(Reuters) – More than 1,000 members of Thailand’s LGBT community, and anti-government protesters, joined in a Pride Parade on Saturday to call for equal rights, as well for the ousting of Prime Minister Prayuth Chan-ocha, and reforms to the monarchy.
A protest movement that emerged in July has drawn a wide range of interest groups, to push for greater democracy and human rights in the Southeast Asian country.
Members of the LGBT community, wearing colourful outfits, marched in the capital Bangkok with youth and student protesters, who tend to favour black clothes.
“We agree that real democracy for Thailand will be the start of equality for Thai people and for rights to be prioritised again,” said teacher Lalita Waisinittham, 26.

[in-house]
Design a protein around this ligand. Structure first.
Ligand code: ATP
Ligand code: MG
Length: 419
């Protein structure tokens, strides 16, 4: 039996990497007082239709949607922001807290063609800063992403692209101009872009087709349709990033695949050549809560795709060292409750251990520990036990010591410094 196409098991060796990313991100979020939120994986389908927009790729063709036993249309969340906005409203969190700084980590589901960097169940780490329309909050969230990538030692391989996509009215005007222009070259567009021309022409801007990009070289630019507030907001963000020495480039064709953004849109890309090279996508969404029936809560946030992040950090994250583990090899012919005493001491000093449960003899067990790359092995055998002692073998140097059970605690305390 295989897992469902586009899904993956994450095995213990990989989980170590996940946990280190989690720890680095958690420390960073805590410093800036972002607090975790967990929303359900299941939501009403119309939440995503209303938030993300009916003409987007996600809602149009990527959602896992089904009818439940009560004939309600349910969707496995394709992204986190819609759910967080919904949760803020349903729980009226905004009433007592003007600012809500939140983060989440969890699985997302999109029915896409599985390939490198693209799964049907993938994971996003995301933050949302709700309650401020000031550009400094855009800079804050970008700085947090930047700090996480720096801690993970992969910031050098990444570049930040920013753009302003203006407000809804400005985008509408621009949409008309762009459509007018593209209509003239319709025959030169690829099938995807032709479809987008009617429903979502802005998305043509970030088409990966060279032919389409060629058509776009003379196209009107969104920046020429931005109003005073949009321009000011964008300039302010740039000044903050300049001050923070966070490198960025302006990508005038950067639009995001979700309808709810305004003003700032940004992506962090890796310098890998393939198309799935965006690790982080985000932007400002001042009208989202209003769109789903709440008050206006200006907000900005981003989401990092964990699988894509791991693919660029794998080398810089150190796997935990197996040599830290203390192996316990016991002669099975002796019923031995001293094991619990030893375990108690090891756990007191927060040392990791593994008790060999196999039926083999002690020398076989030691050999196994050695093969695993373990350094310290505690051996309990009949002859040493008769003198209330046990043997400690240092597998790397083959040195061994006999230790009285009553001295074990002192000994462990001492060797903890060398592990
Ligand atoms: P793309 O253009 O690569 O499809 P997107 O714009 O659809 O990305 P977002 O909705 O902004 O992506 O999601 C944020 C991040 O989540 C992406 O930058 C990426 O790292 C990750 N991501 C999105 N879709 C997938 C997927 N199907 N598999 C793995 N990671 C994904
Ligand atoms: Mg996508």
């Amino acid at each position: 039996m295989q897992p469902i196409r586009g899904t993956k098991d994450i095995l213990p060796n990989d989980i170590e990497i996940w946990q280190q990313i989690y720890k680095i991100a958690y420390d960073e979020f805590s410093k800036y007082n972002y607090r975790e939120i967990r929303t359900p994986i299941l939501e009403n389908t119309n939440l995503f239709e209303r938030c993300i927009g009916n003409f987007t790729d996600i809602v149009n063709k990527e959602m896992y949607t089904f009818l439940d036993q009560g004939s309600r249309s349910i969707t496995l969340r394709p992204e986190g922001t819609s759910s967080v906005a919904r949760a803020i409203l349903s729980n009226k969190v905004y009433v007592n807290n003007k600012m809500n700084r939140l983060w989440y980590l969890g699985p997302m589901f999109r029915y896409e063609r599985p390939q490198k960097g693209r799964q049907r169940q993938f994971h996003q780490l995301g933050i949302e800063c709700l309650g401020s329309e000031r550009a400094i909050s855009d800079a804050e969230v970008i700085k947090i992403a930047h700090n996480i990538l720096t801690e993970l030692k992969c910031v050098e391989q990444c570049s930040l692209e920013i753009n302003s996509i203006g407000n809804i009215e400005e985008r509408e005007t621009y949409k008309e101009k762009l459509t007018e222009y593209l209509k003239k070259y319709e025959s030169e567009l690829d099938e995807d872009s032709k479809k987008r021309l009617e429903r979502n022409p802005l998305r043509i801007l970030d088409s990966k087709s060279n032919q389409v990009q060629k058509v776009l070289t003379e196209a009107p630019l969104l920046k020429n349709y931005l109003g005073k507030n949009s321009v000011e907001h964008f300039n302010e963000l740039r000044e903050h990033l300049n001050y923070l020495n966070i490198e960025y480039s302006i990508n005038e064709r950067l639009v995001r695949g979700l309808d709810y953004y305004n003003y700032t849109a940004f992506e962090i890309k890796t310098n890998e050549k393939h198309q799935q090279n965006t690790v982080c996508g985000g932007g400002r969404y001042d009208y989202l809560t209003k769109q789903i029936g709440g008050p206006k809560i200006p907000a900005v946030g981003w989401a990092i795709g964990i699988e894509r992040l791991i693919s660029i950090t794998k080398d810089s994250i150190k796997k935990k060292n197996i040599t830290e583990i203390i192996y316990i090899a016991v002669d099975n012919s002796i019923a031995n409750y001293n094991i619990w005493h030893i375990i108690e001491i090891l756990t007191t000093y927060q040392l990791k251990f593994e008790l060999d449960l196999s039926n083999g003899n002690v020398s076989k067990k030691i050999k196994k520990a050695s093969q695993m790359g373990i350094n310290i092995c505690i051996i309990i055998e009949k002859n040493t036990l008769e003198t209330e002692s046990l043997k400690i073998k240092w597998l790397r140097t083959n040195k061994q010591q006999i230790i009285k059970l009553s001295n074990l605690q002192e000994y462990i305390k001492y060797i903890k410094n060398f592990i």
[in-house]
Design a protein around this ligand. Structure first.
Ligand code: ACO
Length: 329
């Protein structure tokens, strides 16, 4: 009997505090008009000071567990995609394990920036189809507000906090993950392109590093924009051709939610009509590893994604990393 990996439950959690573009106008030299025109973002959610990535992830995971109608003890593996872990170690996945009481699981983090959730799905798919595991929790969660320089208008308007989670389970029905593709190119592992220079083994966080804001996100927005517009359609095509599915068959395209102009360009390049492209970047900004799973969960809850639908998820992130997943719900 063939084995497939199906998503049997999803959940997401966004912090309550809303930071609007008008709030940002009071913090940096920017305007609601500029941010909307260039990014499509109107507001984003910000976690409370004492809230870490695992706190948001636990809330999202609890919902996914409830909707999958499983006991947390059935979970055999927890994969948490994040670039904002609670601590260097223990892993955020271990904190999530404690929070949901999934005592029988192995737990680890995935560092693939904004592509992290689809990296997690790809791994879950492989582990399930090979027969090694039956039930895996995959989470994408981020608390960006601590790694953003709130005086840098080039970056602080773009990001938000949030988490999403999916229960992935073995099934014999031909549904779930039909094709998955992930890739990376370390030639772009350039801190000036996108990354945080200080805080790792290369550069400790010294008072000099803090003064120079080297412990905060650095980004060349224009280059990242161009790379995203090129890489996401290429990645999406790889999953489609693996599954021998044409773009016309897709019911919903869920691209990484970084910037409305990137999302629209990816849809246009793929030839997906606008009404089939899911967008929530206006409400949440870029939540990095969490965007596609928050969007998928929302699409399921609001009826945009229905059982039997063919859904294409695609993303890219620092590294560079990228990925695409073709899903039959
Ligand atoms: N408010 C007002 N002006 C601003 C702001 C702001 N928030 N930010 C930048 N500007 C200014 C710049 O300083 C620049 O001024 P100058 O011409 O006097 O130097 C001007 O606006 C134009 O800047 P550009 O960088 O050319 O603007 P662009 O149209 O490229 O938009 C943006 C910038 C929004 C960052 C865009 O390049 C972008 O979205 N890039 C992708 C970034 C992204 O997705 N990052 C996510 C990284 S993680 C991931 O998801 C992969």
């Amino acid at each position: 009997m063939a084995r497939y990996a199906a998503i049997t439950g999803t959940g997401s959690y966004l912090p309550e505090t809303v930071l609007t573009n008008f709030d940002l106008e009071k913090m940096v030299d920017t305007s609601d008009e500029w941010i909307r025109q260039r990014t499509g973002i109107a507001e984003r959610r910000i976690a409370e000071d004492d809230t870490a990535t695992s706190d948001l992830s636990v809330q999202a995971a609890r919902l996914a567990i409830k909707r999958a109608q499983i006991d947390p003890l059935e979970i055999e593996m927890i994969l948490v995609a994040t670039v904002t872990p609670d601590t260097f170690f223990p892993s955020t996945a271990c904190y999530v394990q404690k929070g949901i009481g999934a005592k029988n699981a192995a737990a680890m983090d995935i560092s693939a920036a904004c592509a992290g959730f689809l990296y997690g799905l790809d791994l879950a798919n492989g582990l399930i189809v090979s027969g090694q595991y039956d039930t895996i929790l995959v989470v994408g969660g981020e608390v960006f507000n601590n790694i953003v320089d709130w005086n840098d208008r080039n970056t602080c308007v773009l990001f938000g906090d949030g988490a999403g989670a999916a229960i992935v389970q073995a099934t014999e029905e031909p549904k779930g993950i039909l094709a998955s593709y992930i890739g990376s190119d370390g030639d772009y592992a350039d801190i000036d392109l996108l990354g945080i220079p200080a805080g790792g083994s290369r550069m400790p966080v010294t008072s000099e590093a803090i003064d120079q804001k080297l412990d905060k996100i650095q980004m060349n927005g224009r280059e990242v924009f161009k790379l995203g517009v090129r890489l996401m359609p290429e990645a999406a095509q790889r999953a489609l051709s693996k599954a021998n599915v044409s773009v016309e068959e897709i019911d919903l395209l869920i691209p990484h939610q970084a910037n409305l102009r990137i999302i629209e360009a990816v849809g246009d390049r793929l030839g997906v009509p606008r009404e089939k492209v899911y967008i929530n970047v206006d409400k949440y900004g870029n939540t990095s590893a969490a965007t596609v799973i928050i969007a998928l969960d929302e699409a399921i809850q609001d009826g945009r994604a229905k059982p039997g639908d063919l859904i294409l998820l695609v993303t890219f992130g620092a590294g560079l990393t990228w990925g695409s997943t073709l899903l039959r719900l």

Protesters had initially demanded the removal of Prayuth, a former junta leader they accuse of engineering last year’s election to keep power, but demonstrations have also broken taboos, by calling for curbs on King Maha Vajiralongkorn’s powers.
Prayuth says last year’s election was fair, and has refused to step down. The Palace has made no official comment on the protests, but last weekend the king said:
“We love them all the same”, when asked to comment on the protesters.
Another anti-government demonstration is due on Sunday.